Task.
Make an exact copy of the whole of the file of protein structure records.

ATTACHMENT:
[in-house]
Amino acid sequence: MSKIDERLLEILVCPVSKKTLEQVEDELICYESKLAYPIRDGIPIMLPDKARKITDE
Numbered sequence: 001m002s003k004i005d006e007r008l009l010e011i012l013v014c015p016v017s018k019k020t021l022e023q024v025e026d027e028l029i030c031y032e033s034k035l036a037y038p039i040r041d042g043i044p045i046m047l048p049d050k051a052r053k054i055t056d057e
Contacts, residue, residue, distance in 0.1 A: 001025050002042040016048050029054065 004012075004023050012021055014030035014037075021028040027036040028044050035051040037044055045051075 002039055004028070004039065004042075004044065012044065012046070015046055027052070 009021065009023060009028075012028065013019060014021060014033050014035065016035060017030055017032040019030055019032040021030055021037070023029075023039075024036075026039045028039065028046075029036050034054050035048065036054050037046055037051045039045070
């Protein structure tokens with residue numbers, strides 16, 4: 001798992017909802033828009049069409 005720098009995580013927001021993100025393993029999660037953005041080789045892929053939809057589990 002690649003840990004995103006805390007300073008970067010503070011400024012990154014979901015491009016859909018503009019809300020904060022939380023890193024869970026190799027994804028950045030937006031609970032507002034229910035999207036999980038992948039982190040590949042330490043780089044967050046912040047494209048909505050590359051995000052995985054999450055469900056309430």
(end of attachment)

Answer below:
[in-house]
Amino acid sequence: MSKIDERLLEILVCPVSKKTLEQVEDELICYESKLAYPIRDGIPIMLPDKARKITDE
Numbered sequence: 001m002s003k004i005d006e007r008l009l010e011i012l013v014c015p016v017s018k019k020t021l022e023q024v025e026d027e028l029i030c031y032e033s034k035l036a037y038p039i040r041d042g043i044p045i046m047l048p049d050k051a052r053k054i055t056d057e
Contacts, residue, residue, distance in 0.1 A: 001025050002042040016048050029054065 004012075004023050012021055014030035014037075021028040027036040028044050035051040037044055045051075 002039055004028070004039065004042075004044065012044065012046070015046055027052070 009021065009023060009028075012028065013019060014021060014033050014035065016035060017030055017032040019030055019032040021030055021037070023029075023039075024036075026039045028039065028046075029036050034054050035048065036054050037046055037051045039045070
């Protein structure tokens with residue numbers, strides 16, 4: 001798992017909802033828009049069409 005720098009995580013927001021993100025393993029999660037953005041080789045892929053939809057589990 002690649003840990004995103006805390007300073008970067010503070011400024012990154014979901015491009016859909018503009019809300020904060022939380023890193024869970026190799027994804028950045030937006031609970032507002034229910035999207036999980038992948039982190040590949042330490043780089044967050046912040047494209048909505050590359051995000052995985054999450055469900056309430």